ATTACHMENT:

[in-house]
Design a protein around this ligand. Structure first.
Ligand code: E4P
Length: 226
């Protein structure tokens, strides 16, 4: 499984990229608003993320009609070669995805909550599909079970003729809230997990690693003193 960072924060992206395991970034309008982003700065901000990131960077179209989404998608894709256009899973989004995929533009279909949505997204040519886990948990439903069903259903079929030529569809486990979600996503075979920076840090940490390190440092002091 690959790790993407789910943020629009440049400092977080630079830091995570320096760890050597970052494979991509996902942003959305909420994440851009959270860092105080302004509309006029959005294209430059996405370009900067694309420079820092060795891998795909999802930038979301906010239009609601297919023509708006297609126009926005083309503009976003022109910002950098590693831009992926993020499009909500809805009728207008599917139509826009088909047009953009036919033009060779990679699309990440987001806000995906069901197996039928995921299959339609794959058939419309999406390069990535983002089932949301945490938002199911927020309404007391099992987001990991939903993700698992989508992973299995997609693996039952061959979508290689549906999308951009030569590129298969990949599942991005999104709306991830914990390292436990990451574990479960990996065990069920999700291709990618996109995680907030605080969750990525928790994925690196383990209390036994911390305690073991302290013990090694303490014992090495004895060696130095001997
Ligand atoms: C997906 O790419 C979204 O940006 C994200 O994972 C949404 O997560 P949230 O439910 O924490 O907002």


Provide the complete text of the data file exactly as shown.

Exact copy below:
[in-house]
Design a protein around this ligand. Structure first.
Ligand code: E4P
Length: 226
């Protein structure tokens, strides 16, 4: 499984990229608003993320009609070669995805909550599909079970003729809230997990690693003193 960072924060992206395991970034309008982003700065901000990131960077179209989404998608894709256009899973989004995929533009279909949505997204040519886990948990439903069903259903079929030529569809486990979600996503075979920076840090940490390190440092002091 690959790790993407789910943020629009440049400092977080630079830091995570320096760890050597970052494979991509996902942003959305909420994440851009959270860092105080302004509309006029959005294209430059996405370009900067694309420079820092060795891998795909999802930038979301906010239009609601297919023509708006297609126009926005083309503009976003022109910002950098590693831009992926993020499009909500809805009728207008599917139509826009088909047009953009036919033009060779990679699309990440987001806000995906069901197996039928995921299959339609794959058939419309999406390069990535983002089932949301945490938002199911927020309404007391099992987001990991939903993700698992989508992973299995997609693996039952061959979508290689549906999308951009030569590129298969990949599942991005999104709306991830914990390292436990990451574990479960990996065990069920999700291709990618996109995680907030605080969750990525928790994925690196383990209390036994911390305690073991302290013990090694303490014992090495004895060696130095001997
Ligand atoms: C997906 O790419 C979204 O940006 C994200 O994972 C949404 O997560 P949230 O439910 O924490 O907002």